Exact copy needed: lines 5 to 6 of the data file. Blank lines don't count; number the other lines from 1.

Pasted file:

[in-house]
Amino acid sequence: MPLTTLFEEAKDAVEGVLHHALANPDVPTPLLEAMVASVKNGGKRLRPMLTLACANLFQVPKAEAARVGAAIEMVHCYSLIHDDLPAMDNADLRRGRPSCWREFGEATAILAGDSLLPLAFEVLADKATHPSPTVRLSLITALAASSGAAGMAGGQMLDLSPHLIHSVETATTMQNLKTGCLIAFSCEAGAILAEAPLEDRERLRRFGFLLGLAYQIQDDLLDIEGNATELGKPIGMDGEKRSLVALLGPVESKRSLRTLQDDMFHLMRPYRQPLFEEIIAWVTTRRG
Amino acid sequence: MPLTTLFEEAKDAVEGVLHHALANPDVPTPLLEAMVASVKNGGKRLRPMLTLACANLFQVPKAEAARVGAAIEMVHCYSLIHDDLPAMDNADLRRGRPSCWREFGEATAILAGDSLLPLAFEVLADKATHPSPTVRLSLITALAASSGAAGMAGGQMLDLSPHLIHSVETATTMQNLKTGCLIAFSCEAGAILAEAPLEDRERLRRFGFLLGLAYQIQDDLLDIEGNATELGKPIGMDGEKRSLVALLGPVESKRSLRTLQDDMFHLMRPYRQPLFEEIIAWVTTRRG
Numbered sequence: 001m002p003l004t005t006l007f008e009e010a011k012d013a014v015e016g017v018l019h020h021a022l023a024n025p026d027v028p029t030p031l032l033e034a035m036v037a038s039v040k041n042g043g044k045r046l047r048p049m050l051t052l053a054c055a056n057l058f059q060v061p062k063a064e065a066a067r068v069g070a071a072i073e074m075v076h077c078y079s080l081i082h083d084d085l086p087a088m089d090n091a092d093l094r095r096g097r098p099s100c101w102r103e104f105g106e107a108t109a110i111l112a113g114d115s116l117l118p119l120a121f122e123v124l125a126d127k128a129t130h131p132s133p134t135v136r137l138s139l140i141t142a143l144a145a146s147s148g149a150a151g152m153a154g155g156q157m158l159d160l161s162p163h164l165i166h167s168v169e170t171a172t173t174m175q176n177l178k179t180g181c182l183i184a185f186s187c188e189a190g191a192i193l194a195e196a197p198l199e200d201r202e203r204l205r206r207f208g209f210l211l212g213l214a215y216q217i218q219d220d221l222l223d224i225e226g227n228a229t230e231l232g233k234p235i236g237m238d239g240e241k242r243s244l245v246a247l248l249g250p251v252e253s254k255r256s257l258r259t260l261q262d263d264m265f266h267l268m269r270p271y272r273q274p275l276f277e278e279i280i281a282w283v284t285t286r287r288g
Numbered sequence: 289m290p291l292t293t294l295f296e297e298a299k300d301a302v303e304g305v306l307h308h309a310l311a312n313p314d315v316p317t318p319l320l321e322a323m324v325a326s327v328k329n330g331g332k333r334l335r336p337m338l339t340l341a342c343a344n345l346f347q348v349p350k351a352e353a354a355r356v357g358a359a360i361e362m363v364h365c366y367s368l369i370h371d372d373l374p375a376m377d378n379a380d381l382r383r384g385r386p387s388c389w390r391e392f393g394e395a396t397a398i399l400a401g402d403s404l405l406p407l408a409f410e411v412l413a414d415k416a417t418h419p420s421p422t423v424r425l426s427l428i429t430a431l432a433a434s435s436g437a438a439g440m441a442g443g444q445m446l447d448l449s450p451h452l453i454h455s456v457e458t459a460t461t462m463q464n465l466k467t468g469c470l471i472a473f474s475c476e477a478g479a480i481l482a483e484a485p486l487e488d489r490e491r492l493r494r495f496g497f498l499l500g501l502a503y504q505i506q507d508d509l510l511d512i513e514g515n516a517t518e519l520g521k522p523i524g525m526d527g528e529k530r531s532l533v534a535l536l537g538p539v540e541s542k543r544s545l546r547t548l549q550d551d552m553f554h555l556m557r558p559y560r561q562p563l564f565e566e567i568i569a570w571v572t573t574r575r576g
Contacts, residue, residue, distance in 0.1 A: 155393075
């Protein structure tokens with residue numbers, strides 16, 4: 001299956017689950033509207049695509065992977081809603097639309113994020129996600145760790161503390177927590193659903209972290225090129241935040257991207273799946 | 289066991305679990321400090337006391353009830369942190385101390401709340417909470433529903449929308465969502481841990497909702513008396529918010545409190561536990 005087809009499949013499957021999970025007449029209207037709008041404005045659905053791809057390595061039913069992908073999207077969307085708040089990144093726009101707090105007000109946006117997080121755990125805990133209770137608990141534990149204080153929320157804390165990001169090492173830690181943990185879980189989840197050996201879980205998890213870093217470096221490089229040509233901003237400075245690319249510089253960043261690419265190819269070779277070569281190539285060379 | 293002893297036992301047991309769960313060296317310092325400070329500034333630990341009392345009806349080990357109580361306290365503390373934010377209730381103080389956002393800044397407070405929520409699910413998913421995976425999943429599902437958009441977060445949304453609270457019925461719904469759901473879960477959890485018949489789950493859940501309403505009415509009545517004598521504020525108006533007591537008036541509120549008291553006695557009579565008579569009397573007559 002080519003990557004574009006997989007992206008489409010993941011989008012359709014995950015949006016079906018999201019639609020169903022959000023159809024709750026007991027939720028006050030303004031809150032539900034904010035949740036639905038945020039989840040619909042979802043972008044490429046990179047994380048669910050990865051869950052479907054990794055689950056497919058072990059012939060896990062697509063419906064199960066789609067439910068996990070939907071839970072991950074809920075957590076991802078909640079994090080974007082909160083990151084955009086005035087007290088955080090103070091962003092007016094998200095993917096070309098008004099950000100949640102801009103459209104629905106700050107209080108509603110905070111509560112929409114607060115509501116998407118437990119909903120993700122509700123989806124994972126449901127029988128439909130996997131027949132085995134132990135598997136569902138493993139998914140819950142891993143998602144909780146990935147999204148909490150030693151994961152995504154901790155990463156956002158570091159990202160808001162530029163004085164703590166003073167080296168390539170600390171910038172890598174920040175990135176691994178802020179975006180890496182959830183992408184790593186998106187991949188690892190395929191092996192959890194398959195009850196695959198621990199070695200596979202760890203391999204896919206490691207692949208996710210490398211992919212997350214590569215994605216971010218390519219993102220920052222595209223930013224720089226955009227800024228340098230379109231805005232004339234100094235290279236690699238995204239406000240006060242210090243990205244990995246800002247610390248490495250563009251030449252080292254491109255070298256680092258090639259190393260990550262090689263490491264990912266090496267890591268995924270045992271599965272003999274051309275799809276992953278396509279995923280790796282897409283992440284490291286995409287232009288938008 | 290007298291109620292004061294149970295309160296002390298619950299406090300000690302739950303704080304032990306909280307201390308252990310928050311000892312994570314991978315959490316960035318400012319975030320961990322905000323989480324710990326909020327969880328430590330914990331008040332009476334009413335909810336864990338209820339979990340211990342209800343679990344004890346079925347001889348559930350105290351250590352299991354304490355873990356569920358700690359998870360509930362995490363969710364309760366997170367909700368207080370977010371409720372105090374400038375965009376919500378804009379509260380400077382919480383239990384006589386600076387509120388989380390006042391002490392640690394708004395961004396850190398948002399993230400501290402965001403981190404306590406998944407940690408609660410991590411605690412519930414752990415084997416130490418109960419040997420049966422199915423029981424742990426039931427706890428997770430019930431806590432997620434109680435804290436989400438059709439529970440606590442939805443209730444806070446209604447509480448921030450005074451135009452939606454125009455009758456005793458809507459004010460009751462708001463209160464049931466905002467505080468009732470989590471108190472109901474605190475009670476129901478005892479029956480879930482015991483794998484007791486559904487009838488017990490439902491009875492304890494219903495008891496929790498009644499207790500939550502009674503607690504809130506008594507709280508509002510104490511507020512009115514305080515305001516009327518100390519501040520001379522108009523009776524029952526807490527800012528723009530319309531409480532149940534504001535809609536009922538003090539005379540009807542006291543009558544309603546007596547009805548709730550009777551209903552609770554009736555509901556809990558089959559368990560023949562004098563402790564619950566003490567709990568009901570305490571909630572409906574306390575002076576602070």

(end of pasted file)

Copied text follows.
Numbered sequence: 289m290p291l292t293t294l295f296e297e298a299k300d301a302v303e304g305v306l307h308h309a310l311a312n313p314d315v316p317t318p319l320l321e322a323m324v325a326s327v328k329n330g331g332k333r334l335r336p337m338l339t340l341a342c343a344n345l346f347q348v349p350k351a352e353a354a355r356v357g358a359a360i361e362m363v364h365c366y367s368l369i370h371d372d373l374p375a376m377d378n379a380d381l382r383r384g385r386p387s388c389w390r391e392f393g394e395a396t397a398i399l400a401g402d403s404l405l406p407l408a409f410e411v412l413a414d415k416a417t418h419p420s421p422t423v424r425l426s427l428i429t430a431l432a433a434s435s436g437a438a439g440m441a442g443g444q445m446l447d448l449s450p451h452l453i454h455s456v457e458t459a460t461t462m463q464n465l466k467t468g469c470l471i472a473f474s475c476e477a478g479a480i481l482a483e484a485p486l487e488d489r490e491r492l493r494r495f496g497f498l499l500g501l502a503y504q505i506q507d508d509l510l511d512i513e514g515n516a517t518e519l520g521k522p523i524g525m526d527g528e529k530r531s532l533v534a535l536l537g538p539v540e541s542k543r544s545l546r547t548l549q550d551d552m553f554h555l556m557r558p559y560r561q562p563l564f565e566e567i568i569a570w571v572t573t574r575r576g
Contacts, residue, residue, distance in 0.1 A: 155393075